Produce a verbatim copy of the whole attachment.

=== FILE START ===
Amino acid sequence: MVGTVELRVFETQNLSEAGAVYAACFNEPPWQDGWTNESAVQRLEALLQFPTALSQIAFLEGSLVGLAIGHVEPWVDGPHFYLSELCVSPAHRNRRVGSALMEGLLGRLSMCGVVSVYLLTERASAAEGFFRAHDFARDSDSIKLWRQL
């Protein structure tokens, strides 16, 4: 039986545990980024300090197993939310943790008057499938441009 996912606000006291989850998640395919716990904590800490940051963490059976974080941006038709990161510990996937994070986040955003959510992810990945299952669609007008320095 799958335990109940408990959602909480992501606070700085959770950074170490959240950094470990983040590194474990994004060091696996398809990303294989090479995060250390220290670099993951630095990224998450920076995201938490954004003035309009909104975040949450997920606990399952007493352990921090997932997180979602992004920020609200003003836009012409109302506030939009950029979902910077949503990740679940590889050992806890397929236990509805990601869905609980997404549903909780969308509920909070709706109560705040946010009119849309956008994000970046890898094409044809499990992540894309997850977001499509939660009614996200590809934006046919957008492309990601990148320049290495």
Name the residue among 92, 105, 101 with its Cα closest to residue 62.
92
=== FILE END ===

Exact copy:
Amino acid sequence: MVGTVELRVFETQNLSEAGAVYAACFNEPPWQDGWTNESAVQRLEALLQFPTALSQIAFLEGSLVGLAIGHVEPWVDGPHFYLSELCVSPAHRNRRVGSALMEGLLGRLSMCGVVSVYLLTERASAAEGFFRAHDFARDSDSIKLWRQL
């Protein structure tokens, strides 16, 4: 039986545990980024300090197993939310943790008057499938441009 996912606000006291989850998640395919716990904590800490940051963490059976974080941006038709990161510990996937994070986040955003959510992810990945299952669609007008320095 799958335990109940408990959602909480992501606070700085959770950074170490959240950094470990983040590194474990994004060091696996398809990303294989090479995060250390220290670099993951630095990224998450920076995201938490954004003035309009909104975040949450997920606990399952007493352990921090997932997180979602992004920020609200003003836009012409109302506030939009950029979902910077949503990740679940590889050992806890397929236990509805990601869905609980997404549903909780969308509920909070709706109560705040946010009119849309956008994000970046890898094409044809499990992540894309997850977001499509939660009614996200590809934006046919957008492309990601990148320049290495």
Name the residue among 92, 105, 101 with its Cα closest to residue 62.
92